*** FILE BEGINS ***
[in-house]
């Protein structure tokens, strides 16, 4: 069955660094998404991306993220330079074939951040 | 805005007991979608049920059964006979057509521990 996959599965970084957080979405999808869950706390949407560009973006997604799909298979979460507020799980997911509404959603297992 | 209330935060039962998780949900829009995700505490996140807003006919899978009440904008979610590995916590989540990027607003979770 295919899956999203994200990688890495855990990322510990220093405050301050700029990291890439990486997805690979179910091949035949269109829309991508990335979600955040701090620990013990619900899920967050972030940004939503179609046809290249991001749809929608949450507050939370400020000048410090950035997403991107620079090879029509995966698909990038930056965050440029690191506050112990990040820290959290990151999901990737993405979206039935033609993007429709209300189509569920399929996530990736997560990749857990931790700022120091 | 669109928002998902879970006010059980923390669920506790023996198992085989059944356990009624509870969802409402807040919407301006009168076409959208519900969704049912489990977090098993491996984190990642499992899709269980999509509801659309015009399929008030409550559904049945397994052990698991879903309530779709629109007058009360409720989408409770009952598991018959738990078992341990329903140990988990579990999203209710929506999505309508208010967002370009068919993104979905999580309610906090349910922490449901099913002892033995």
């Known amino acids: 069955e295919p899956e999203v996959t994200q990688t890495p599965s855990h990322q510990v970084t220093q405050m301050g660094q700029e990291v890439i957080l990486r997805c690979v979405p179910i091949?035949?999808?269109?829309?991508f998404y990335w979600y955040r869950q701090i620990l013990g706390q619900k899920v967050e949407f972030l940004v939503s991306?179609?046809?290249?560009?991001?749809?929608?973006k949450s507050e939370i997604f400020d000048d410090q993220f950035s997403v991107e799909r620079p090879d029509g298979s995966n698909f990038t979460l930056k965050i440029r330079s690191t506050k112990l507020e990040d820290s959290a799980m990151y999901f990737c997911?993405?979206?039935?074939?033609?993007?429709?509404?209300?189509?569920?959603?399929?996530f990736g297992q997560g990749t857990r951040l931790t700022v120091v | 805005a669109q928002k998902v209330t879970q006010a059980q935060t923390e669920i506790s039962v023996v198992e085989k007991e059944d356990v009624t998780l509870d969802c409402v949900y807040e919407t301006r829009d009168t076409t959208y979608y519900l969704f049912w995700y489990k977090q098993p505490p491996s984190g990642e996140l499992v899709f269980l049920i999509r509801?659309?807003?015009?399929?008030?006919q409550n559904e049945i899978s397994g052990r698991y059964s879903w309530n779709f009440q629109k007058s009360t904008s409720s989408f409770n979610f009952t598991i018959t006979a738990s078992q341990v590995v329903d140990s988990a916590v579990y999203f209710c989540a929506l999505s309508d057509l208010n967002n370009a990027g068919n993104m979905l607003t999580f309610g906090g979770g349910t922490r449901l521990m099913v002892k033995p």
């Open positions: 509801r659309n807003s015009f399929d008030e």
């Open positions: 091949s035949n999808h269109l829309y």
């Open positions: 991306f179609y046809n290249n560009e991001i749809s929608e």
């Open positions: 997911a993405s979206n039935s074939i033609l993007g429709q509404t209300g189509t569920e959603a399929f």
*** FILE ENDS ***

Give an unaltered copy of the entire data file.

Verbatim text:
[in-house]
């Protein structure tokens, strides 16, 4: 069955660094998404991306993220330079074939951040 | 805005007991979608049920059964006979057509521990 996959599965970084957080979405999808869950706390949407560009973006997604799909298979979460507020799980997911509404959603297992 | 209330935060039962998780949900829009995700505490996140807003006919899978009440904008979610590995916590989540990027607003979770 295919899956999203994200990688890495855990990322510990220093405050301050700029990291890439990486997805690979179910091949035949269109829309991508990335979600955040701090620990013990619900899920967050972030940004939503179609046809290249991001749809929608949450507050939370400020000048410090950035997403991107620079090879029509995966698909990038930056965050440029690191506050112990990040820290959290990151999901990737993405979206039935033609993007429709209300189509569920399929996530990736997560990749857990931790700022120091 | 669109928002998902879970006010059980923390669920506790023996198992085989059944356990009624509870969802409402807040919407301006009168076409959208519900969704049912489990977090098993491996984190990642499992899709269980999509509801659309015009399929008030409550559904049945397994052990698991879903309530779709629109007058009360409720989408409770009952598991018959738990078992341990329903140990988990579990999203209710929506999505309508208010967002370009068919993104979905999580309610906090349910922490449901099913002892033995």
């Known amino acids: 069955e295919p899956e999203v996959t994200q990688t890495p599965s855990h990322q510990v970084t220093q405050m301050g660094q700029e990291v890439i957080l990486r997805c690979v979405p179910i091949?035949?999808?269109?829309?991508f998404y990335w979600y955040r869950q701090i620990l013990g706390q619900k899920v967050e949407f972030l940004v939503s991306?179609?046809?290249?560009?991001?749809?929608?973006k949450s507050e939370i997604f400020d000048d410090q993220f950035s997403v991107e799909r620079p090879d029509g298979s995966n698909f990038t979460l930056k965050i440029r330079s690191t506050k112990l507020e990040d820290s959290a799980m990151y999901f990737c997911?993405?979206?039935?074939?033609?993007?429709?509404?209300?189509?569920?959603?399929?996530f990736g297992q997560g990749t857990r951040l931790t700022v120091v | 805005a669109q928002k998902v209330t879970q006010a059980q935060t923390e669920i506790s039962v023996v198992e085989k007991e059944d356990v009624t998780l509870d969802c409402v949900y807040e919407t301006r829009d009168t076409t959208y979608y519900l969704f049912w995700y489990k977090q098993p505490p491996s984190g990642e996140l499992v899709f269980l049920i999509r509801?659309?807003?015009?399929?008030?006919q409550n559904e049945i899978s397994g052990r698991y059964s879903w309530n779709f009440q629109k007058s009360t904008s409720s989408f409770n979610f009952t598991i018959t006979a738990s078992q341990v590995v329903d140990s988990a916590v579990y999203f209710c989540a929506l999505s309508d057509l208010n967002n370009a990027g068919n993104m979905l607003t999580f309610g906090g979770g349910t922490r449901l521990m099913v002892k033995p």
């Open positions: 509801r659309n807003s015009f399929d008030e």
């Open positions: 091949s035949n999808h269109l829309y």
């Open positions: 991306f179609y046809n290249n560009e991001i749809s929608e």
């Open positions: 997911a993405s979206n039935s074939i033609l993007g429709q509404t209300g189509t569920e959603a399929f």